“You’re the best in the world.” “You’re my hero.” “I love you.” “Marry me please.” “I wanna have your babies.” These are all quite common lines to be fired from football fans in the direction of their sporting heroes, but each of these phrases has also been directed at someone else at AS Roma. Francesco Totti and Daniele De Rossi have heard similar cries of affection, but so too has the manager of the AS Roma English Twitter account, someone who has never kicked a ball in earnest for the Italian club.
Welcome to AS Roma admin, the Lionel Messi of football Twitter. This world is an often vicious and tribal place, yet a dose of fun and lets-not-take-life-too-seriously-ness has been injected by the Roma digital team and, in particular, by their English Twitter account. Their tongue-in-cheek tweets have changed the landscape of football Twitter, so much so that several others – clubs from Germany to the US – have tried to embrace a similar style. Some would call it straight up copying, yet nobody does it as well as Roma, who continue to lead the way in most metrics imaginable and in genuine humour.
At the end of 2018, the account posted a thread of highlight tweets from the year and followers would have immediately recalled the posts when reading titles like “the German club behaviour one” or “the IKEA one” or “the Mark Wahlberg one”. From the self-depreciation over the failure of the club to finalise the deal for Malcom when his transfer had already been announced – and indeed their follow-up wishing him good luck in Russia after a failed season in Barcelona led to a move to Zenit – and the mocking of the incessant spurting out of photoshopped images of new transfers, to the sharing of the pure joy of pulling off a Champions League comeback against Barcelona, the rollercoaster ride of being a Roma fan has never been more truthfully and entertainingly documented.
While the change in approach can be traced back to 2017, it really all began with the 2015 acquisition of Liverpool’s head of international digital development, Paul Rogers.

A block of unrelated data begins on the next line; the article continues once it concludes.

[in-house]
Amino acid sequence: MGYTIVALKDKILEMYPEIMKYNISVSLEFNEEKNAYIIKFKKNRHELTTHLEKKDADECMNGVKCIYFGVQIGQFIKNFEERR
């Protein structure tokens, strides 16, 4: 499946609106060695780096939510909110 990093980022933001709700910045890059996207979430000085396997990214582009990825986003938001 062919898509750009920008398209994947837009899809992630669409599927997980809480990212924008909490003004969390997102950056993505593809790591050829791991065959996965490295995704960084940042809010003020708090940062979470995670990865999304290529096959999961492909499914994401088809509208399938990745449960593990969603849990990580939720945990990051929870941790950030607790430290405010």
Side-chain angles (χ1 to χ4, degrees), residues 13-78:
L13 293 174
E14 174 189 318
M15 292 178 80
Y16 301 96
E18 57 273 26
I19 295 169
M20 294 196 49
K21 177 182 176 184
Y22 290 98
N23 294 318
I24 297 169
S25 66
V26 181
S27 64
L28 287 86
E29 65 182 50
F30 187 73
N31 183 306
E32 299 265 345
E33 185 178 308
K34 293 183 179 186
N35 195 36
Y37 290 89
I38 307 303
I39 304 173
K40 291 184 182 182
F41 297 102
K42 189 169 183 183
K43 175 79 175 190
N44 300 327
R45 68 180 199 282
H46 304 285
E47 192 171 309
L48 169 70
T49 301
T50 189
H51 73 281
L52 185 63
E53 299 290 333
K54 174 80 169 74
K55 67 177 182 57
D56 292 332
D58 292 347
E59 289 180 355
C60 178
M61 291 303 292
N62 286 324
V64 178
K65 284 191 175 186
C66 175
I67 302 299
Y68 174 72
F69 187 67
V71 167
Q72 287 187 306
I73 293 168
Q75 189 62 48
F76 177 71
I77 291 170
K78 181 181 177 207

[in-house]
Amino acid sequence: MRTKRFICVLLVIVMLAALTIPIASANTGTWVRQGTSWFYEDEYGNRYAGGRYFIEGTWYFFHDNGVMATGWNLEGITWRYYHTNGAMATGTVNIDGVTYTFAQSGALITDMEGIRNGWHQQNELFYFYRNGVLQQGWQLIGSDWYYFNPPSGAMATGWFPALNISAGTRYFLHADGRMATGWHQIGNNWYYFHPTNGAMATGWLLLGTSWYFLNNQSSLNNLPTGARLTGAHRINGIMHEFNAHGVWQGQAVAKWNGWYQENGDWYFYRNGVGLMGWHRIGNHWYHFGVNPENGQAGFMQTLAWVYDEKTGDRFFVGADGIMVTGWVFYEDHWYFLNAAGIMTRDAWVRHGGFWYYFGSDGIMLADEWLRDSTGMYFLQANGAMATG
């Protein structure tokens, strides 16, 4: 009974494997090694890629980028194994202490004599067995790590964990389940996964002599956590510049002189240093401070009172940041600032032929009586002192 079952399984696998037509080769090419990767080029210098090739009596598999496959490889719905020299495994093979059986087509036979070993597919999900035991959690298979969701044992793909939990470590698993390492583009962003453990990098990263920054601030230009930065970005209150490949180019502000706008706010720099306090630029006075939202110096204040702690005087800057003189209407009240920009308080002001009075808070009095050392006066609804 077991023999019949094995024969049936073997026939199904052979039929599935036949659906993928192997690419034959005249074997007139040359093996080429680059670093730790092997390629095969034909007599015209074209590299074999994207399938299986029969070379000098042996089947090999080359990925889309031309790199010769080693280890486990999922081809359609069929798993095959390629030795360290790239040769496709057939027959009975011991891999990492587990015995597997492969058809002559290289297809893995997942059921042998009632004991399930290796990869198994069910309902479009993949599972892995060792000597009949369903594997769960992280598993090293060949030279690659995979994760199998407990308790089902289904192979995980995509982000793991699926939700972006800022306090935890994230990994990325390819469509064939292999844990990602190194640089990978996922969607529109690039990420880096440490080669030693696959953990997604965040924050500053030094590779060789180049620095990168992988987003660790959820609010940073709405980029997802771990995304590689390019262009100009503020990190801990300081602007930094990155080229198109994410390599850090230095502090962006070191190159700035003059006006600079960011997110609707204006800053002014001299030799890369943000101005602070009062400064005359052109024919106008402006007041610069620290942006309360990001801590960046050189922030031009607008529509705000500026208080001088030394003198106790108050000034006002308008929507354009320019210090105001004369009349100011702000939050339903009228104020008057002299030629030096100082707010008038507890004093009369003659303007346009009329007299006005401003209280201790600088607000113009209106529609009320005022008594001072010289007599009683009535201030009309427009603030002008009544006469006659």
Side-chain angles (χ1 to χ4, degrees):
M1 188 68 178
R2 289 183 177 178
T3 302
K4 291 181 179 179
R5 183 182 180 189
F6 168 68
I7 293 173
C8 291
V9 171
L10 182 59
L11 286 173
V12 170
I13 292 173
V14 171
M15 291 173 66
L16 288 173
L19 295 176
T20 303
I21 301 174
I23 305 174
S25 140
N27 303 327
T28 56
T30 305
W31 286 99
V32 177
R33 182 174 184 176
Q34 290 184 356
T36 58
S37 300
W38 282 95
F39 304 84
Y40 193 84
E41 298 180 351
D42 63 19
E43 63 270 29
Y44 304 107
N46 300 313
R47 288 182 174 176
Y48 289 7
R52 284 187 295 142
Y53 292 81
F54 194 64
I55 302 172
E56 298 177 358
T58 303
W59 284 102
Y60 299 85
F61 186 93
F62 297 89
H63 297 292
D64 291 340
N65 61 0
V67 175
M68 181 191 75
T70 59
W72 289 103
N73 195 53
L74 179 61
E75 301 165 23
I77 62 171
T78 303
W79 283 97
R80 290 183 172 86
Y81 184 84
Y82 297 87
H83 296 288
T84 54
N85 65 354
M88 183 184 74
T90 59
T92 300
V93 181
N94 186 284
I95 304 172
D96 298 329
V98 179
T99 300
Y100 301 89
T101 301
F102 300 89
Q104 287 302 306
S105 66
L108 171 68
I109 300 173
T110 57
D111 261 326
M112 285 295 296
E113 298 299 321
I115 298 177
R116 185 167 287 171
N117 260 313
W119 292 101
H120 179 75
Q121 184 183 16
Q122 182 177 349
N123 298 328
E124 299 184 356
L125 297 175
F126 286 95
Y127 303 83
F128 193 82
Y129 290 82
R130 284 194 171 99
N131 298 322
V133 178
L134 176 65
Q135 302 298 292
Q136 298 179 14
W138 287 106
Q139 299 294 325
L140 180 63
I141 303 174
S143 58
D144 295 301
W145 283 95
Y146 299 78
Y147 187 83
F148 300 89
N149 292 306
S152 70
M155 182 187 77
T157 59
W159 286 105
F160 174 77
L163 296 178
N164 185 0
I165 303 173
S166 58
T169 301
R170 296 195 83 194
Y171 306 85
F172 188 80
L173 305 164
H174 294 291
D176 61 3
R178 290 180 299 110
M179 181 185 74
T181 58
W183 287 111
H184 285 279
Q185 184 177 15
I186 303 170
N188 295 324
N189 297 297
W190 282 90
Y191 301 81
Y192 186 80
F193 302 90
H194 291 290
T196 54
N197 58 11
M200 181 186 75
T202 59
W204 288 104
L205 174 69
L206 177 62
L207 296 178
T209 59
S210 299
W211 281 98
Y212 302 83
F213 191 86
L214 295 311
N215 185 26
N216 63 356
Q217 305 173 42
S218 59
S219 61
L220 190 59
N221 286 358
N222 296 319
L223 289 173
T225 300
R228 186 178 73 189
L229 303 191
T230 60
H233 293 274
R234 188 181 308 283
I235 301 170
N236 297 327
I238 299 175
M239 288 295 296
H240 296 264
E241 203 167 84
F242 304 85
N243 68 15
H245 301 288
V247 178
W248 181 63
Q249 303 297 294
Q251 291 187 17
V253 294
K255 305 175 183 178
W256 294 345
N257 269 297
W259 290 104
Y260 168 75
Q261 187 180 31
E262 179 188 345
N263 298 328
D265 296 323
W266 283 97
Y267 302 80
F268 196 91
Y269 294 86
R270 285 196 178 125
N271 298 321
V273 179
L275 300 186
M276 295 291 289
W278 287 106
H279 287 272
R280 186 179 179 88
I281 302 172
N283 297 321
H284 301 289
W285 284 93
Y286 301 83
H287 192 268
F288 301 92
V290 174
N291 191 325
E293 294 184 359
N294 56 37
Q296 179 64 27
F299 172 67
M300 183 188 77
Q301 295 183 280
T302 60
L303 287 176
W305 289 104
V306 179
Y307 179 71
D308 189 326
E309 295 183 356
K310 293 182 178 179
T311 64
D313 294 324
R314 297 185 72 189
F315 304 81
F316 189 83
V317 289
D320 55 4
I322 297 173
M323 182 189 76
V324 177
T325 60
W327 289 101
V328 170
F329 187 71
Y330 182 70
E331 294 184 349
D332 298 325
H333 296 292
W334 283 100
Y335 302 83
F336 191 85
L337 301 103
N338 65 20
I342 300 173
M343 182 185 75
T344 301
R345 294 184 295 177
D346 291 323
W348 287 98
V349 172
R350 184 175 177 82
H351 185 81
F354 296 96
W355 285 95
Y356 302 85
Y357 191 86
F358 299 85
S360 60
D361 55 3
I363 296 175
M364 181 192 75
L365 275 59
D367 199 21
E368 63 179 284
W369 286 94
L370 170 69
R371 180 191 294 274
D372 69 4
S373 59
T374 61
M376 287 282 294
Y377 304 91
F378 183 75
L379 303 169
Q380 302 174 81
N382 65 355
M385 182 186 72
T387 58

Mohamed Salah and Alisson Becker may have brought a European crown to Anfield after going the other way, but Rogers has made Roma the European champions of social media after his own transfer. For the Englishman, his main goal was to remove the language barrier that prevented international fans from keeping up to date with Roma. This was achieved by a rebuilding of the website and apps and an increase in quality and quantity of content on the English platforms. Once the benchmark had been established, it was time to get creative and the reporting of the club’s transfer activity in the 2017 summer window changed the game completely.
Speaking to These Football Times, Rogers recalls that summer of Twitter love: “We’d always been quite traditional in how we announced incoming transfers on social media, but I think the first elaborate revealing we did was when Lorenzo Pellegrini signed,” he explained. “We’d recently launched our FIFA eSports team and we decided to have the player play himself in the game. It was nicely filmed and the feedback from both fans and the media was great.”
The ball was all of a sudden in other clubs’ court and they responded by trying to create their own clever announcement videos. By the time the ball was back over the net in Roma’s half, i Giallorossi responded with a mic-drop shot that stunned everyone. They’d helped start the slick player reveal craze, but they weren’t going to carry on with it.
Cengiz Ünder was only 20 at the time he joined the Serie A side from Başakşehir, but he went viral after his announcement video was dropped. Keen to move away from the other mundane tweets of that transfer window, the digital team decided to create a bad parody of the kind of fan-created goals and skills videos that appear on YouTube when a player is linked with another club.
“At AS Roma, we don’t like to follow what others do in terms of content, so for our next announcement we wanted to do something completely different,” Rogers says of that Cengiz video. “We made it as embarrassingly bad as humanly possible – mimicking the terrible graphics and music these fan videos use – and then we just put it out there. Everyone who saw it knew exactly the type of video we were making fun of. I don’t think we were trying to be weird, but we thought it was funny and the reaction on social media was great.”
The following summer, the club shot the video reveal completely dead with the signing of Iván Marcano, killing their creation by posting 60 seconds of a black screen with nothing more than some hip-hop music playing in the background and a caption detailing the details of the transfer. They’d even announced the signing through a fake burner account, completely stepping away from the slick and increasingly humourless Hollywood-esque video reveal culture.
It was the Cengiz video, though, that was the gamechanger for the mentality of the whole account. “We knew that if we injected some humour into our video announcements then they’d entertain our followers and, after that video, we really started to push the boat out and have some fun,” Rogers recalled. “People in the media